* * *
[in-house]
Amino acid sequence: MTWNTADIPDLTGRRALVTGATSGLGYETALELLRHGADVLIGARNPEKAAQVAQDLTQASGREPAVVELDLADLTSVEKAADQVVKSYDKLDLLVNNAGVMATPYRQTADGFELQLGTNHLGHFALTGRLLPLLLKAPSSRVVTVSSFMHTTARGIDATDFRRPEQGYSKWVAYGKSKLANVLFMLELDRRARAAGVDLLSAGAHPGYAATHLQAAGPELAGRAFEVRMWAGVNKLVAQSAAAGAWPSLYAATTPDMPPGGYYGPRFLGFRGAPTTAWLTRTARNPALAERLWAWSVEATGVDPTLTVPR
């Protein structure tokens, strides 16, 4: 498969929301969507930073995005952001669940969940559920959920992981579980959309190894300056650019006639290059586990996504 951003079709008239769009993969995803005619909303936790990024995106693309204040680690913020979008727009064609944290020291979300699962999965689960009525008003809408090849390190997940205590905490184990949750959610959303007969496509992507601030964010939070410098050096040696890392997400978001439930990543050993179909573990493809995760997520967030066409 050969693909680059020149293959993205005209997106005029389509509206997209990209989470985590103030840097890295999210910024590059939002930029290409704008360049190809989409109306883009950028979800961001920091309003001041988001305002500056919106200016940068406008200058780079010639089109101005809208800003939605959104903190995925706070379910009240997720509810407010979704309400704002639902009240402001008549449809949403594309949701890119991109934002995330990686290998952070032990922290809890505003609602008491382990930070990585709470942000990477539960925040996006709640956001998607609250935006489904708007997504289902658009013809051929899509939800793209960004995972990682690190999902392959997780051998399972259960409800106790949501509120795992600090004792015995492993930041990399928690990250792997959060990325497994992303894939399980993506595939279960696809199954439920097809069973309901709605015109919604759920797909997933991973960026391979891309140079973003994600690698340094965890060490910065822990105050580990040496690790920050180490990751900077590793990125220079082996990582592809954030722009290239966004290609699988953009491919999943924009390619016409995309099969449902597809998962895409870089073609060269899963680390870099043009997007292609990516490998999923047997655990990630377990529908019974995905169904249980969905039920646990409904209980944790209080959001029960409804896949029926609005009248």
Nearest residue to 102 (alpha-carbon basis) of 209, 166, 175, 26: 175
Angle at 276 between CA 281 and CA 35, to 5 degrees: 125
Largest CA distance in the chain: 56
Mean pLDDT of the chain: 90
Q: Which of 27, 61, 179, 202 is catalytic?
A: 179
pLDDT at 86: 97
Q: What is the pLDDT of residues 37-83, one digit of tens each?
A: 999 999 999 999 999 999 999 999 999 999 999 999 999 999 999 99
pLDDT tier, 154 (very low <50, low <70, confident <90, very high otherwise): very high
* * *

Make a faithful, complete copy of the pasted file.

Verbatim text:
[in-house]
Amino acid sequence: MTWNTADIPDLTGRRALVTGATSGLGYETALELLRHGADVLIGARNPEKAAQVAQDLTQASGREPAVVELDLADLTSVEKAADQVVKSYDKLDLLVNNAGVMATPYRQTADGFELQLGTNHLGHFALTGRLLPLLLKAPSSRVVTVSSFMHTTARGIDATDFRRPEQGYSKWVAYGKSKLANVLFMLELDRRARAAGVDLLSAGAHPGYAATHLQAAGPELAGRAFEVRMWAGVNKLVAQSAAAGAWPSLYAATTPDMPPGGYYGPRFLGFRGAPTTAWLTRTARNPALAERLWAWSVEATGVDPTLTVPR
């Protein structure tokens, strides 16, 4: 498969929301969507930073995005952001669940969940559920959920992981579980959309190894300056650019006639290059586990996504 951003079709008239769009993969995803005619909303936790990024995106693309204040680690913020979008727009064609944290020291979300699962999965689960009525008003809408090849390190997940205590905490184990949750959610959303007969496509992507601030964010939070410098050096040696890392997400978001439930990543050993179909573990493809995760997520967030066409 050969693909680059020149293959993205005209997106005029389509509206997209990209989470985590103030840097890295999210910024590059939002930029290409704008360049190809989409109306883009950028979800961001920091309003001041988001305002500056919106200016940068406008200058780079010639089109101005809208800003939605959104903190995925706070379910009240997720509810407010979704309400704002639902009240402001008549449809949403594309949701890119991109934002995330990686290998952070032990922290809890505003609602008491382990930070990585709470942000990477539960925040996006709640956001998607609250935006489904708007997504289902658009013809051929899509939800793209960004995972990682690190999902392959997780051998399972259960409800106790949501509120795992600090004792015995492993930041990399928690990250792997959060990325497994992303894939399980993506595939279960696809199954439920097809069973309901709605015109919604759920797909997933991973960026391979891309140079973003994600690698340094965890060490910065822990105050580990040496690790920050180490990751900077590793990125220079082996990582592809954030722009290239966004290609699988953009491919999943924009390619016409995309099969449902597809998962895409870089073609060269899963680390870099043009997007292609990516490998999923047997655990990630377990529908019974995905169904249980969905039920646990409904209980944790209080959001029960409804896949029926609005009248």
Nearest residue to 102 (alpha-carbon basis) of 209, 166, 175, 26: 175
Angle at 276 between CA 281 and CA 35, to 5 degrees: 125
Largest CA distance in the chain: 56
Mean pLDDT of the chain: 90
Q: Which of 27, 61, 179, 202 is catalytic?
A: 179
pLDDT at 86: 97
Q: What is the pLDDT of residues 37-83, one digit of tens each?
A: 999 999 999 999 999 999 999 999 999 999 999 999 999 999 999 99
pLDDT tier, 154 (very low <50, low <70, confident <90, very high otherwise): very high